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Why every business needs a Finance Director and what a good one does

April 20, 2014

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It’s all about teamwork isn’t it?  Any organisation with any degree of complexity and growth needs a team to manage the process and maximise the results, one person cannot do everything – even in Yorkshire.

In a business context this means that as an entity grows, it will need to delegate key tasks to experienced and qualified team members.  The focus and needs of the business will determine which area the business owner seeks help in first, whether sales, operations, admin or finance.  It is, however, fundamentally true that every business must at some point seek help if it is to break through any barriers to growth.

Looking at finance in particular, it is traditional to break down finance roles into the following broad headings:

  • Finance direction
  • Finance control
  • Book-keeping/basic accounting
  • Data entry

The nature of the input required means that a pyramid structure is often evident, with a number of assistants at the base and a Finance Director at the peak. The actual numbers of team members required is often driven by the volume of transactions and the complexity of the business. By their very nature many of the roles in the structure below the FD are more transactional in nature and focus on the accuracy of accounting records, essential in itself, but not enough to really manage and develop a business.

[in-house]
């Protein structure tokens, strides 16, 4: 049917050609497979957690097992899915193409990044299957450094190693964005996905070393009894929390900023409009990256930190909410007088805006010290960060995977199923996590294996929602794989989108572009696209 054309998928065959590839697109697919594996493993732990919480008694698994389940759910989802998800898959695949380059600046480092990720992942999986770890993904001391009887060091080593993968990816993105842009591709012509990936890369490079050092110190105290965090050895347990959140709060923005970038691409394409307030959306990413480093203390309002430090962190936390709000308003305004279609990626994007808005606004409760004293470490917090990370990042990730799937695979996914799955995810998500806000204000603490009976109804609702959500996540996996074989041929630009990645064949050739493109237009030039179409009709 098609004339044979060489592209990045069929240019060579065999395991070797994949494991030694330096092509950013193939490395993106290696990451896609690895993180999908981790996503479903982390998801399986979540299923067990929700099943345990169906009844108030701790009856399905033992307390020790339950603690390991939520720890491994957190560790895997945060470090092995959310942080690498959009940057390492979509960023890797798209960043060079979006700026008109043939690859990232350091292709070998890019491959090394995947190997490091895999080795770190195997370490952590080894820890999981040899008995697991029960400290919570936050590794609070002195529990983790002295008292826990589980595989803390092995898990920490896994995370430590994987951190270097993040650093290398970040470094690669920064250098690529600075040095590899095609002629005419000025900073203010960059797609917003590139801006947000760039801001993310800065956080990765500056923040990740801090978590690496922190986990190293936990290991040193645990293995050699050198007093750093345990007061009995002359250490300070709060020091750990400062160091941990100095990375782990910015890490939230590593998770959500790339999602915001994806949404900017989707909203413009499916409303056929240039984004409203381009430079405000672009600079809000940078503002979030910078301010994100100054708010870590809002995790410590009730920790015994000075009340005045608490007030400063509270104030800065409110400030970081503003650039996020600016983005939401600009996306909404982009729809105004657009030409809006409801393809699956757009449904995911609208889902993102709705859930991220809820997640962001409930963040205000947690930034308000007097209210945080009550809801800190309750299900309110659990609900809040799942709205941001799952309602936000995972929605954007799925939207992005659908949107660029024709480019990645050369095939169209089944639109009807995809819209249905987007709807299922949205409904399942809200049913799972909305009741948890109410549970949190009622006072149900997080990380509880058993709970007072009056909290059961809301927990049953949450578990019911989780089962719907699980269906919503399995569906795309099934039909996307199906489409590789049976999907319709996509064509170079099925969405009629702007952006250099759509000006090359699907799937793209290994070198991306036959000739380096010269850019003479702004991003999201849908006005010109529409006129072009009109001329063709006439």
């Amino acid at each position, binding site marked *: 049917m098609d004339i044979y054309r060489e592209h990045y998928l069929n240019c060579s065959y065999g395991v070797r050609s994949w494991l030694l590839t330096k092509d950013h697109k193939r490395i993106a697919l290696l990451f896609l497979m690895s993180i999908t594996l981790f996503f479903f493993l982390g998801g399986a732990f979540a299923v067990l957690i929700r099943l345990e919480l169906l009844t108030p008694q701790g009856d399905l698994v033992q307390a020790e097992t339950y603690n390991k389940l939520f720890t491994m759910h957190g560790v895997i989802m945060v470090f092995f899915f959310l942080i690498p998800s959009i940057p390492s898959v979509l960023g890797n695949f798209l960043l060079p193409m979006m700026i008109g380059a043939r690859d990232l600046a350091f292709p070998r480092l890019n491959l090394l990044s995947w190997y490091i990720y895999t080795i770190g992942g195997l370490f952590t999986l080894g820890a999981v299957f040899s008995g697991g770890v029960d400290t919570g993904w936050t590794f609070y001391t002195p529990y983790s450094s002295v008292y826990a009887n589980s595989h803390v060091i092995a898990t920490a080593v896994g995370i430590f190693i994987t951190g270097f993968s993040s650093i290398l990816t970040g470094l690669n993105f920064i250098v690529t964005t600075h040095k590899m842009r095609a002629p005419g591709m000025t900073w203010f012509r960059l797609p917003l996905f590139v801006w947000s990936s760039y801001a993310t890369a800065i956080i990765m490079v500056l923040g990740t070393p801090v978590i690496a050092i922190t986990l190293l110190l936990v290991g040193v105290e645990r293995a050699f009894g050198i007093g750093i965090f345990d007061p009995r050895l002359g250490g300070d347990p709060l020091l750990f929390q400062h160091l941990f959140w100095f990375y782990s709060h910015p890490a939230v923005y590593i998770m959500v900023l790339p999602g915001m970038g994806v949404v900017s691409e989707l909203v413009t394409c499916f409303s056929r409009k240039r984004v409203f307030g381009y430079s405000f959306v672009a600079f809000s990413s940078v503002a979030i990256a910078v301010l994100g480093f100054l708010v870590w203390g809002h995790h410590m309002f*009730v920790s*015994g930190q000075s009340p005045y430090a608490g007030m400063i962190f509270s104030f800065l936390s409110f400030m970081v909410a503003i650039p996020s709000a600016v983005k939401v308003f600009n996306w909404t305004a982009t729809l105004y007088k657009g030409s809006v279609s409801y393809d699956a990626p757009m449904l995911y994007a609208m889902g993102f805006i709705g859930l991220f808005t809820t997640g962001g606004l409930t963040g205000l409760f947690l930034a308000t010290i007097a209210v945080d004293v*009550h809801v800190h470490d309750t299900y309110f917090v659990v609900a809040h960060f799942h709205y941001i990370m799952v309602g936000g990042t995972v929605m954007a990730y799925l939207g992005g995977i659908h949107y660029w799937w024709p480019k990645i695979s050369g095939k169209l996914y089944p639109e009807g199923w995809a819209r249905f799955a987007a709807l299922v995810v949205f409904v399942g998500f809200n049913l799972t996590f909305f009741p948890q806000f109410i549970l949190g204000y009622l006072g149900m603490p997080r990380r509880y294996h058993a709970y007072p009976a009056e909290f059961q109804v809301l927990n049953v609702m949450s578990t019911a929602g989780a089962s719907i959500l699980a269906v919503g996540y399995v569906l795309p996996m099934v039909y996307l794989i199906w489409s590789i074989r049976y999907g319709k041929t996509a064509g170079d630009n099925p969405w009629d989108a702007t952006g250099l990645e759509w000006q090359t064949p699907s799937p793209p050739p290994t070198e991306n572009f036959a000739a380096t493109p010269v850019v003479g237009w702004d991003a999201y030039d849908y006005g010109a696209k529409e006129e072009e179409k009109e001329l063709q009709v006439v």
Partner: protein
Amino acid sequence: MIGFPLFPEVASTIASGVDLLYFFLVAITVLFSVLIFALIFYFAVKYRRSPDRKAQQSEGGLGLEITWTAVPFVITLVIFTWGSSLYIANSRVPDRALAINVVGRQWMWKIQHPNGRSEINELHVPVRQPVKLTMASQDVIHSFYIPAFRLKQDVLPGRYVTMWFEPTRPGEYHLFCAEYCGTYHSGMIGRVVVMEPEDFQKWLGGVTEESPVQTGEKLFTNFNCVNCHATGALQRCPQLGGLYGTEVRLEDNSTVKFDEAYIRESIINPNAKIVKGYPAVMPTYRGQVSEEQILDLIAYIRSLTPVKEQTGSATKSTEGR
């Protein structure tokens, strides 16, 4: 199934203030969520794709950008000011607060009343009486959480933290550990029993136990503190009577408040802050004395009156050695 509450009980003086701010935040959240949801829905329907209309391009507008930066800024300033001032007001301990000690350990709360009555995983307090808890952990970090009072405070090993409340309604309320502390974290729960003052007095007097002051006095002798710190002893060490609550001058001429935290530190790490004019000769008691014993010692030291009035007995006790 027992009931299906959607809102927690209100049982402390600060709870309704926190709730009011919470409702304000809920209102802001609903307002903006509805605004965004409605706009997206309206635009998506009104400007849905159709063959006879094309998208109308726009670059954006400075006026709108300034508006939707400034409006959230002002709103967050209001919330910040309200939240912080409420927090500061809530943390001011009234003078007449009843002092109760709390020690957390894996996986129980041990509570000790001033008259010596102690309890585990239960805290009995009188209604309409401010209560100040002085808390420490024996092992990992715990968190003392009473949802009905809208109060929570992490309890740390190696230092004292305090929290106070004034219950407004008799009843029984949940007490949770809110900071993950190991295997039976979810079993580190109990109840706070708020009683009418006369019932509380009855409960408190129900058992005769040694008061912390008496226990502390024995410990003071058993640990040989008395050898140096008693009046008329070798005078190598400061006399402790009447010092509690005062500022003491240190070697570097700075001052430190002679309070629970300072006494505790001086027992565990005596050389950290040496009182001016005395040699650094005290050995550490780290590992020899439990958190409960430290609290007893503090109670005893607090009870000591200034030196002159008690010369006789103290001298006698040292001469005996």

As we are focussing on the FD role specifically then, what then are the key tasks of this role and what does the role bring that the other finance roles do not?  Speaking generally, we suggest the following three main areas of expertise and input:

Strategic

  • Coordinating and developing long term plans
  • Defining the implementation timetables
  • Assessing risks
  • Evaluating the funding required to deliver the plans developed

 Operational

  • Developing internal controls
  • Managing and developing the reports needed to manage the business
  • Improving profit levels
  • Managing cash flows

Support

  • Tax planning and legal issues
  • Compliance issues
  • Managing external relationships
  • Outsourcing relationships

The modern FD needs to be all this and more.  There are many other considerations that go beyond the pure “job description” above.  Here are some of the main ones:

  • Financial or Management accounting speciality? – To me, there is no debate.  Management accounting looks forward and financial accounting looks backwards; it’s where you are going that matters as you have already passed where you have been.
  • Experience – It’s incredibly important that an FD has a wide range of commercial experience and I mean commercial, not just financial.  Good FD’s do not learn things from textbooks, they learn by doing, and yes, sometimes by making mistakes.  In terms of experience, commercial experience means leaving the ivory tower and talking to customers and engaging with the production and operations teams.  A modern FD realises that finance is a service provider (internal and external), not just a function.